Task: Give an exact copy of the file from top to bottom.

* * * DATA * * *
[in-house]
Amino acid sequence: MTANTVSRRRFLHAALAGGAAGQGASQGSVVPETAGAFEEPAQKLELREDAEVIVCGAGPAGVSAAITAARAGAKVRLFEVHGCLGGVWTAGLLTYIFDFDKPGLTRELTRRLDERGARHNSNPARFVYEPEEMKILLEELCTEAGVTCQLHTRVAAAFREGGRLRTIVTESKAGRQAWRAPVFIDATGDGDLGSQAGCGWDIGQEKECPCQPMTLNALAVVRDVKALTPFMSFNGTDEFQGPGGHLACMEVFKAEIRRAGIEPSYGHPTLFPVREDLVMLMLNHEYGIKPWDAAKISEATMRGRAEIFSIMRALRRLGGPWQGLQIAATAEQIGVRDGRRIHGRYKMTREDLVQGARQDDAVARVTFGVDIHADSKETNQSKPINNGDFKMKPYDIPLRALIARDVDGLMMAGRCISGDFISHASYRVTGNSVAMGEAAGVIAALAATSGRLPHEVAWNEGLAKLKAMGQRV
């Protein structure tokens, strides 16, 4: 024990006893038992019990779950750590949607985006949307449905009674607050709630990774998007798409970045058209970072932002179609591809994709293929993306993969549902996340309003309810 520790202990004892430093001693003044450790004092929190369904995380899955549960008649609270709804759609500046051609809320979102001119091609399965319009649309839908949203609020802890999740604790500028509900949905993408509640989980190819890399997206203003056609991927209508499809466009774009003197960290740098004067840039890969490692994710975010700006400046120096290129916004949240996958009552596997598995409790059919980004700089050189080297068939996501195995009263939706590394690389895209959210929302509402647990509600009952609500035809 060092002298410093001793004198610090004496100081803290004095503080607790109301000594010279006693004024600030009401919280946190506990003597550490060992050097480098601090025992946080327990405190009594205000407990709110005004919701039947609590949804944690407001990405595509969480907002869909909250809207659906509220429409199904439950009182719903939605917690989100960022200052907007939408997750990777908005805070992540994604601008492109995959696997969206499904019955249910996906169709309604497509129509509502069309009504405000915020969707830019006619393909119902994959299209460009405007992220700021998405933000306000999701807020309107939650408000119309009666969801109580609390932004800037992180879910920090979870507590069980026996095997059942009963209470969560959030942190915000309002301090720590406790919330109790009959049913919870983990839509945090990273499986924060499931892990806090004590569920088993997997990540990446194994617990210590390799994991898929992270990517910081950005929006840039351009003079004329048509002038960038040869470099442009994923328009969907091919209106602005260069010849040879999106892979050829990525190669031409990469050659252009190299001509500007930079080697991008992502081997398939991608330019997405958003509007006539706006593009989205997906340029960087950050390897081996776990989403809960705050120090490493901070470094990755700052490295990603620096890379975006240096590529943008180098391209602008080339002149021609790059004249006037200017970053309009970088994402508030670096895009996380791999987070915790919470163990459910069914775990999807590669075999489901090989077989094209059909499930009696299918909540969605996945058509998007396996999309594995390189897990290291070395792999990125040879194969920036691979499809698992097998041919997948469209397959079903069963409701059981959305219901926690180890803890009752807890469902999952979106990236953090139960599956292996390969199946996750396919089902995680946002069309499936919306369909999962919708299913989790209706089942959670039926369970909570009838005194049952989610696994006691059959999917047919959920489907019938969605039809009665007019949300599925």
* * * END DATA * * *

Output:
[in-house]
Amino acid sequence: MTANTVSRRRFLHAALAGGAAGQGASQGSVVPETAGAFEEPAQKLELREDAEVIVCGAGPAGVSAAITAARAGAKVRLFEVHGCLGGVWTAGLLTYIFDFDKPGLTRELTRRLDERGARHNSNPARFVYEPEEMKILLEELCTEAGVTCQLHTRVAAAFREGGRLRTIVTESKAGRQAWRAPVFIDATGDGDLGSQAGCGWDIGQEKECPCQPMTLNALAVVRDVKALTPFMSFNGTDEFQGPGGHLACMEVFKAEIRRAGIEPSYGHPTLFPVREDLVMLMLNHEYGIKPWDAAKISEATMRGRAEIFSIMRALRRLGGPWQGLQIAATAEQIGVRDGRRIHGRYKMTREDLVQGARQDDAVARVTFGVDIHADSKETNQSKPINNGDFKMKPYDIPLRALIARDVDGLMMAGRCISGDFISHASYRVTGNSVAMGEAAGVIAALAATSGRLPHEVAWNEGLAKLKAMGQRV
């Protein structure tokens, strides 16, 4: 024990006893038992019990779950750590949607985006949307449905009674607050709630990774998007798409970045058209970072932002179609591809994709293929993306993969549902996340309003309810 520790202990004892430093001693003044450790004092929190369904995380899955549960008649609270709804759609500046051609809320979102001119091609399965319009649309839908949203609020802890999740604790500028509900949905993408509640989980190819890399997206203003056609991927209508499809466009774009003197960290740098004067840039890969490692994710975010700006400046120096290129916004949240996958009552596997598995409790059919980004700089050189080297068939996501195995009263939706590394690389895209959210929302509402647990509600009952609500035809 060092002298410093001793004198610090004496100081803290004095503080607790109301000594010279006693004024600030009401919280946190506990003597550490060992050097480098601090025992946080327990405190009594205000407990709110005004919701039947609590949804944690407001990405595509969480907002869909909250809207659906509220429409199904439950009182719903939605917690989100960022200052907007939408997750990777908005805070992540994604601008492109995959696997969206499904019955249910996906169709309604497509129509509502069309009504405000915020969707830019006619393909119902994959299209460009405007992220700021998405933000306000999701807020309107939650408000119309009666969801109580609390932004800037992180879910920090979870507590069980026996095997059942009963209470969560959030942190915000309002301090720590406790919330109790009959049913919870983990839509945090990273499986924060499931892990806090004590569920088993997997990540990446194994617990210590390799994991898929992270990517910081950005929006840039351009003079004329048509002038960038040869470099442009994923328009969907091919209106602005260069010849040879999106892979050829990525190669031409990469050659252009190299001509500007930079080697991008992502081997398939991608330019997405958003509007006539706006593009989205997906340029960087950050390897081996776990989403809960705050120090490493901070470094990755700052490295990603620096890379975006240096590529943008180098391209602008080339002149021609790059004249006037200017970053309009970088994402508030670096895009996380791999987070915790919470163990459910069914775990999807590669075999489901090989077989094209059909499930009696299918909540969605996945058509998007396996999309594995390189897990290291070395792999990125040879194969920036691979499809698992097998041919997948469209397959079903069963409701059981959305219901926690180890803890009752807890469902999952979106990236953090139960599956292996390969199946996750396919089902995680946002069309499936919306369909999962919708299913989790209706089942959670039926369970909570009838005194049952989610696994006691059959999917047919959920489907019938969605039809009665007019949300599925």